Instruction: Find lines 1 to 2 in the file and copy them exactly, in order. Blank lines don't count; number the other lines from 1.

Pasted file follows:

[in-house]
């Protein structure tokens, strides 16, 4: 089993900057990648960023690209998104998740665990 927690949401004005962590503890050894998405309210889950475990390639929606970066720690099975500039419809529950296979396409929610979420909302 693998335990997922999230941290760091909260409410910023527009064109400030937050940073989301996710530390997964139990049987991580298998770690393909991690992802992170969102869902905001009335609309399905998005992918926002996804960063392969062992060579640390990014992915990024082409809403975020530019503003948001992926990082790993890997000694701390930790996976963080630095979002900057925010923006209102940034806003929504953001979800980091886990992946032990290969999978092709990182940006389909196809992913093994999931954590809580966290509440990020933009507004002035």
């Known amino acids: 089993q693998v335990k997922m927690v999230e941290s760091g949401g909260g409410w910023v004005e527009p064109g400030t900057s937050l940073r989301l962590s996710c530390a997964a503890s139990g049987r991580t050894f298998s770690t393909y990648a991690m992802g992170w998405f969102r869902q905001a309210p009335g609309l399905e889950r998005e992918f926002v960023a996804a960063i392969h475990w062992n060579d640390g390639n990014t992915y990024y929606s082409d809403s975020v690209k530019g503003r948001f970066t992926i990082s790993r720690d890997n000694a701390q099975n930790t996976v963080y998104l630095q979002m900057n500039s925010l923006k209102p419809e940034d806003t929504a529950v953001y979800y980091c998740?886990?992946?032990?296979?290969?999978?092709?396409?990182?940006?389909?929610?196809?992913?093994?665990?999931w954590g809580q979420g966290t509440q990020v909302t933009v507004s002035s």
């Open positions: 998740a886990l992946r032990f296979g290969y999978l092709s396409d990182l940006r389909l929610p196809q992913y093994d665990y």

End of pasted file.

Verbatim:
[in-house]
């Protein structure tokens, strides 16, 4: 089993900057990648960023690209998104998740665990 927690949401004005962590503890050894998405309210889950475990390639929606970066720690099975500039419809529950296979396409929610979420909302 693998335990997922999230941290760091909260409410910023527009064109400030937050940073989301996710530390997964139990049987991580298998770690393909991690992802992170969102869902905001009335609309399905998005992918926002996804960063392969062992060579640390990014992915990024082409809403975020530019503003948001992926990082790993890997000694701390930790996976963080630095979002900057925010923006209102940034806003929504953001979800980091886990992946032990290969999978092709990182940006389909196809992913093994999931954590809580966290509440990020933009507004002035």